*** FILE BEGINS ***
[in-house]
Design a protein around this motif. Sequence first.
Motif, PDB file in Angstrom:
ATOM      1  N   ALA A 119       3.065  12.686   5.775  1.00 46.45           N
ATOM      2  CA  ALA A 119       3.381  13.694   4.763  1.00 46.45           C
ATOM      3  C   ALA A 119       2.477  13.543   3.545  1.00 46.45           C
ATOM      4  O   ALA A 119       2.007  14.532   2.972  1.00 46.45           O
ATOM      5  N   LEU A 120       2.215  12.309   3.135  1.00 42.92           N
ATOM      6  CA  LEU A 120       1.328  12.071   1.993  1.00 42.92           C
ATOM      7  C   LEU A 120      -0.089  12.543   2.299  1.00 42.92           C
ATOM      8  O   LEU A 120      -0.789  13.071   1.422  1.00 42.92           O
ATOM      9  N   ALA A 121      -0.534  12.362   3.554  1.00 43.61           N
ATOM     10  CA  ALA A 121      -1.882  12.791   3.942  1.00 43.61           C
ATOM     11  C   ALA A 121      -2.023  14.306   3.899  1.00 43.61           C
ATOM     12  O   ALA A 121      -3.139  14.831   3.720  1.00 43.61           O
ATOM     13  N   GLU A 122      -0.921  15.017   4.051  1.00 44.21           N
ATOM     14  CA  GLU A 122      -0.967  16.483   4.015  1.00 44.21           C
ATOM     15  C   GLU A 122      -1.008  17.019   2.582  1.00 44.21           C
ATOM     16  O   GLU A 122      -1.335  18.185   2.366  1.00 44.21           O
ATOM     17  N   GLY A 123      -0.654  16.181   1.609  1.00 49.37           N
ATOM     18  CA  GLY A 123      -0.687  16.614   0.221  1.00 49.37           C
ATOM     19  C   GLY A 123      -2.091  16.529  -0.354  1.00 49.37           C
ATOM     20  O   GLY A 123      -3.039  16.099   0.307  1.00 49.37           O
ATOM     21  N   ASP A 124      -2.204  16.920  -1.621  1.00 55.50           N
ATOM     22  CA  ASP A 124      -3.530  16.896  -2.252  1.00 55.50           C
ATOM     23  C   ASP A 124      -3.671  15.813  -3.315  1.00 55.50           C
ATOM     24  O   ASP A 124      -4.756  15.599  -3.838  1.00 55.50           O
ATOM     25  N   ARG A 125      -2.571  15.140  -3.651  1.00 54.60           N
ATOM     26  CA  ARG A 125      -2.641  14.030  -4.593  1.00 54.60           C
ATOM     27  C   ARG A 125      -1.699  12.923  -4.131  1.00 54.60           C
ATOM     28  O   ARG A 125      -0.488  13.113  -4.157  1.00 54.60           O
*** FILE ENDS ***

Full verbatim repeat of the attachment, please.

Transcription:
[in-house]
Design a protein around this motif. Sequence first.
Motif, PDB file in Angstrom:
ATOM      1  N   ALA A 119       3.065  12.686   5.775  1.00 46.45           N
ATOM      2  CA  ALA A 119       3.381  13.694   4.763  1.00 46.45           C
ATOM      3  C   ALA A 119       2.477  13.543   3.545  1.00 46.45           C
ATOM      4  O   ALA A 119       2.007  14.532   2.972  1.00 46.45           O
ATOM      5  N   LEU A 120       2.215  12.309   3.135  1.00 42.92           N
ATOM      6  CA  LEU A 120       1.328  12.071   1.993  1.00 42.92           C
ATOM      7  C   LEU A 120      -0.089  12.543   2.299  1.00 42.92           C
ATOM      8  O   LEU A 120      -0.789  13.071   1.422  1.00 42.92           O
ATOM      9  N   ALA A 121      -0.534  12.362   3.554  1.00 43.61           N
ATOM     10  CA  ALA A 121      -1.882  12.791   3.942  1.00 43.61           C
ATOM     11  C   ALA A 121      -2.023  14.306   3.899  1.00 43.61           C
ATOM     12  O   ALA A 121      -3.139  14.831   3.720  1.00 43.61           O
ATOM     13  N   GLU A 122      -0.921  15.017   4.051  1.00 44.21           N
ATOM     14  CA  GLU A 122      -0.967  16.483   4.015  1.00 44.21           C
ATOM     15  C   GLU A 122      -1.008  17.019   2.582  1.00 44.21           C
ATOM     16  O   GLU A 122      -1.335  18.185   2.366  1.00 44.21           O
ATOM     17  N   GLY A 123      -0.654  16.181   1.609  1.00 49.37           N
ATOM     18  CA  GLY A 123      -0.687  16.614   0.221  1.00 49.37           C
ATOM     19  C   GLY A 123      -2.091  16.529  -0.354  1.00 49.37           C
ATOM     20  O   GLY A 123      -3.039  16.099   0.307  1.00 49.37           O
ATOM     21  N   ASP A 124      -2.204  16.920  -1.621  1.00 55.50           N
ATOM     22  CA  ASP A 124      -3.530  16.896  -2.252  1.00 55.50           C
ATOM     23  C   ASP A 124      -3.671  15.813  -3.315  1.00 55.50           C
ATOM     24  O   ASP A 124      -4.756  15.599  -3.838  1.00 55.50           O
ATOM     25  N   ARG A 125      -2.571  15.140  -3.651  1.00 54.60           N
ATOM     26  CA  ARG A 125      -2.641  14.030  -4.593  1.00 54.60           C
ATOM     27  C   ARG A 125      -1.699  12.923  -4.131  1.00 54.60           C
ATOM     28  O   ARG A 125      -0.488  13.113  -4.157  1.00 54.60           O